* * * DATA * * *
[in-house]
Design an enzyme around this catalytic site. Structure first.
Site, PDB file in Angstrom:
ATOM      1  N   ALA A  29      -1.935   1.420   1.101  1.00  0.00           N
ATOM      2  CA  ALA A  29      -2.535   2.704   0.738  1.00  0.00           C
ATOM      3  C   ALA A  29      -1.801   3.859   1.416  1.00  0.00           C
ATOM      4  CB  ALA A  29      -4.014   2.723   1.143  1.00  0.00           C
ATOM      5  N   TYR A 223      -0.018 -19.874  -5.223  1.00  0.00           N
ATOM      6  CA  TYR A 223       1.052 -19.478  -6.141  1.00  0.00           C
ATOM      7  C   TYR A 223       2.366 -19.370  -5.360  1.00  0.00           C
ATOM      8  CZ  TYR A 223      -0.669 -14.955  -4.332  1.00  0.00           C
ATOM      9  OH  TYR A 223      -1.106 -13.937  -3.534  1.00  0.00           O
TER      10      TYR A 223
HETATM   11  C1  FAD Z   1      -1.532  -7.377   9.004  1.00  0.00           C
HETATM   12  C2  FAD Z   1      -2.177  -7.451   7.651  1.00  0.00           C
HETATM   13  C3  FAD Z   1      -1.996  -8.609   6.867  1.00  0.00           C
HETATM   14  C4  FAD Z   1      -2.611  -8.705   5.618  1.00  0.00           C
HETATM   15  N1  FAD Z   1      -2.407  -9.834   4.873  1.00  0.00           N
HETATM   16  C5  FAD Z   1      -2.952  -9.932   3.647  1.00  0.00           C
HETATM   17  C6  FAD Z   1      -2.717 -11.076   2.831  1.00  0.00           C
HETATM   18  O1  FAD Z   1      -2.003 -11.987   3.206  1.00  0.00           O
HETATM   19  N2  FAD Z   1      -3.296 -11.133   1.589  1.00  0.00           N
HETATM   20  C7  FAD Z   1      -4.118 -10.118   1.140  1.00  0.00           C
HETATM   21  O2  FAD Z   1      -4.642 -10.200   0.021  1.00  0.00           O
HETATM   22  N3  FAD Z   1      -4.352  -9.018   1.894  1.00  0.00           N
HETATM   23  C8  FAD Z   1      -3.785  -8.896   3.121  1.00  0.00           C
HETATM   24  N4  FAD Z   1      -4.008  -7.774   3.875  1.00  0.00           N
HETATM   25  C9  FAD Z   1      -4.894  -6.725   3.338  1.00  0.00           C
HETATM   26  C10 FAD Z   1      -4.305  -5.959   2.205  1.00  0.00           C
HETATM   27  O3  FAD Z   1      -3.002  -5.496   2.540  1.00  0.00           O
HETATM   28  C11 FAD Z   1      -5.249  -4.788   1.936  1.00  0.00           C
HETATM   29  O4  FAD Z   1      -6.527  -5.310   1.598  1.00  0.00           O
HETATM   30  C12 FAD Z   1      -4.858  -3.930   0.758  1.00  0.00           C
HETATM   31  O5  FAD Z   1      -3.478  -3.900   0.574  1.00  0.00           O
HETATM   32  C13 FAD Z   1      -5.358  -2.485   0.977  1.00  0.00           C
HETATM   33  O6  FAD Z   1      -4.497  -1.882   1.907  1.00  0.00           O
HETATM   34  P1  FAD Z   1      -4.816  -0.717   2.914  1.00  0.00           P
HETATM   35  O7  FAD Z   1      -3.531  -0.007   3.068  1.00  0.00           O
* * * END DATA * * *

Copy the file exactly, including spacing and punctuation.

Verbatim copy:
[in-house]
Design an enzyme around this catalytic site. Structure first.
Site, PDB file in Angstrom:
ATOM      1  N   ALA A  29      -1.935   1.420   1.101  1.00  0.00           N
ATOM      2  CA  ALA A  29      -2.535   2.704   0.738  1.00  0.00           C
ATOM      3  C   ALA A  29      -1.801   3.859   1.416  1.00  0.00           C
ATOM      4  CB  ALA A  29      -4.014   2.723   1.143  1.00  0.00           C
ATOM      5  N   TYR A 223      -0.018 -19.874  -5.223  1.00  0.00           N
ATOM      6  CA  TYR A 223       1.052 -19.478  -6.141  1.00  0.00           C
ATOM      7  C   TYR A 223       2.366 -19.370  -5.360  1.00  0.00           C
ATOM      8  CZ  TYR A 223      -0.669 -14.955  -4.332  1.00  0.00           C
ATOM      9  OH  TYR A 223      -1.106 -13.937  -3.534  1.00  0.00           O
TER      10      TYR A 223
HETATM   11  C1  FAD Z   1      -1.532  -7.377   9.004  1.00  0.00           C
HETATM   12  C2  FAD Z   1      -2.177  -7.451   7.651  1.00  0.00           C
HETATM   13  C3  FAD Z   1      -1.996  -8.609   6.867  1.00  0.00           C
HETATM   14  C4  FAD Z   1      -2.611  -8.705   5.618  1.00  0.00           C
HETATM   15  N1  FAD Z   1      -2.407  -9.834   4.873  1.00  0.00           N
HETATM   16  C5  FAD Z   1      -2.952  -9.932   3.647  1.00  0.00           C
HETATM   17  C6  FAD Z   1      -2.717 -11.076   2.831  1.00  0.00           C
HETATM   18  O1  FAD Z   1      -2.003 -11.987   3.206  1.00  0.00           O
HETATM   19  N2  FAD Z   1      -3.296 -11.133   1.589  1.00  0.00           N
HETATM   20  C7  FAD Z   1      -4.118 -10.118   1.140  1.00  0.00           C
HETATM   21  O2  FAD Z   1      -4.642 -10.200   0.021  1.00  0.00           O
HETATM   22  N3  FAD Z   1      -4.352  -9.018   1.894  1.00  0.00           N
HETATM   23  C8  FAD Z   1      -3.785  -8.896   3.121  1.00  0.00           C
HETATM   24  N4  FAD Z   1      -4.008  -7.774   3.875  1.00  0.00           N
HETATM   25  C9  FAD Z   1      -4.894  -6.725   3.338  1.00  0.00           C
HETATM   26  C10 FAD Z   1      -4.305  -5.959   2.205  1.00  0.00           C
HETATM   27  O3  FAD Z   1      -3.002  -5.496   2.540  1.00  0.00           O
HETATM   28  C11 FAD Z   1      -5.249  -4.788   1.936  1.00  0.00           C
HETATM   29  O4  FAD Z   1      -6.527  -5.310   1.598  1.00  0.00           O
HETATM   30  C12 FAD Z   1      -4.858  -3.930   0.758  1.00  0.00           C
HETATM   31  O5  FAD Z   1      -3.478  -3.900   0.574  1.00  0.00           O
HETATM   32  C13 FAD Z   1      -5.358  -2.485   0.977  1.00  0.00           C
HETATM   33  O6  FAD Z   1      -4.497  -1.882   1.907  1.00  0.00           O
HETATM   34  P1  FAD Z   1      -4.816  -0.717   2.914  1.00  0.00           P
HETATM   35  O7  FAD Z   1      -3.531  -0.007   3.068  1.00  0.00           O